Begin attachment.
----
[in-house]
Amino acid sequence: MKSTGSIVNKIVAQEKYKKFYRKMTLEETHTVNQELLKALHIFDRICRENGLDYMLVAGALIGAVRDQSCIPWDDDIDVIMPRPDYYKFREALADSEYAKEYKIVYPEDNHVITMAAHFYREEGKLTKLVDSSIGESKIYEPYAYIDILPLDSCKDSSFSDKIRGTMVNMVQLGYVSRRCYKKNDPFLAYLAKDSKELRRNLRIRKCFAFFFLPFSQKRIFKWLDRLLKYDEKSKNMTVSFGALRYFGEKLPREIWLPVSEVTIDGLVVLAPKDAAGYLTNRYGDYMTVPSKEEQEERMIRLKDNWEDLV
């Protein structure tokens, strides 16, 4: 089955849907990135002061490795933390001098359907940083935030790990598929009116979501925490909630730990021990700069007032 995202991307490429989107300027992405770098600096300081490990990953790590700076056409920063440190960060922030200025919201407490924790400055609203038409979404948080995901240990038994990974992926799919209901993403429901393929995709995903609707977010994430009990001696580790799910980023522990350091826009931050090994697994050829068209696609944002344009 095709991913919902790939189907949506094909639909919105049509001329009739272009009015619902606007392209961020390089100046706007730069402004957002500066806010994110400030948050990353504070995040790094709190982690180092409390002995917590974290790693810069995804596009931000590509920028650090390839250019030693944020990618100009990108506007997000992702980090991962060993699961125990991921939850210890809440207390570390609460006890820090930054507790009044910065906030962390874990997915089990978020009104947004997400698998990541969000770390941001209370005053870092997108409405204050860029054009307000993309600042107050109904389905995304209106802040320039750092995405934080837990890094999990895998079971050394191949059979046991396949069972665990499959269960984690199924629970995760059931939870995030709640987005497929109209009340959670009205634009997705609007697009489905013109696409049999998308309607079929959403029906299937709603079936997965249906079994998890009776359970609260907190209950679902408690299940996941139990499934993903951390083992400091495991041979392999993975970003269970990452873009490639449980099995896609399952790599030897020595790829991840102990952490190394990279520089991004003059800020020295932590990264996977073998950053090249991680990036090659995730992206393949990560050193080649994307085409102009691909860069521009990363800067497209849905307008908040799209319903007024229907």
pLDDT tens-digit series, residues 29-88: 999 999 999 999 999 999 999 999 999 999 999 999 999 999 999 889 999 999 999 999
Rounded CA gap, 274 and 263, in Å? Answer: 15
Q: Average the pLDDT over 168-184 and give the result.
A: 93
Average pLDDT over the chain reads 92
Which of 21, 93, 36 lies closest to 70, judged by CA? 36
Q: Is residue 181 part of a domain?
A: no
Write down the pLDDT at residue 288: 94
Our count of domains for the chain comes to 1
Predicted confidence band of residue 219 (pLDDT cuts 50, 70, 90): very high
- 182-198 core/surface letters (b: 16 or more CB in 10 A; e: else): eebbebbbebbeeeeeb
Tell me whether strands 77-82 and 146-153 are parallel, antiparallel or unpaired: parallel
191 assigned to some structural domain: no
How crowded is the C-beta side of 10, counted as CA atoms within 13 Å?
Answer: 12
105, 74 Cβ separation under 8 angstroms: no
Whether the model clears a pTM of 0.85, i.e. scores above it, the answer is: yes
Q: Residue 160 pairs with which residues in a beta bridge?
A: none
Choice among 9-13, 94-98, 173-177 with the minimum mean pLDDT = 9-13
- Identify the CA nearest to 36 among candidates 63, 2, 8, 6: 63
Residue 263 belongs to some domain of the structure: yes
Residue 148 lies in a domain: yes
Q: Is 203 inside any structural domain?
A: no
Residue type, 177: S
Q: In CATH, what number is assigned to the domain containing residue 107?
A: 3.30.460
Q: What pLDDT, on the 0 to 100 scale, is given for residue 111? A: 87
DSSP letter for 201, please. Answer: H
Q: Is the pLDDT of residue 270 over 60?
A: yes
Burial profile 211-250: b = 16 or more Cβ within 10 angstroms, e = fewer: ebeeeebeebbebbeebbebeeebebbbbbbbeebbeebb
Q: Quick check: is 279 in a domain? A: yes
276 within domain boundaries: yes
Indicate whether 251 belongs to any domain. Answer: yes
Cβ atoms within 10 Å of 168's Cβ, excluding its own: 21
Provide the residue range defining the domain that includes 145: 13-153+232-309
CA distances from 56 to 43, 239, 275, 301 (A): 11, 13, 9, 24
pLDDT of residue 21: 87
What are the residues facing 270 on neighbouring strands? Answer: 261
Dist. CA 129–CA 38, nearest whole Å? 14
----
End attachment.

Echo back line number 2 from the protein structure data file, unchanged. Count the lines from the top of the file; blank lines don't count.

Amino acid sequence: MKSTGSIVNKIVAQEKYKKFYRKMTLEETHTVNQELLKALHIFDRICRENGLDYMLVAGALIGAVRDQSCIPWDDDIDVIMPRPDYYKFREALADSEYAKEYKIVYPEDNHVITMAAHFYREEGKLTKLVDSSIGESKIYEPYAYIDILPLDSCKDSSFSDKIRGTMVNMVQLGYVSRRCYKKNDPFLAYLAKDSKELRRNLRIRKCFAFFFLPFSQKRIFKWLDRLLKYDEKSKNMTVSFGALRYFGEKLPREIWLPVSEVTIDGLVVLAPKDAAGYLTNRYGDYMTVPSKEEQEERMIRLKDNWEDLV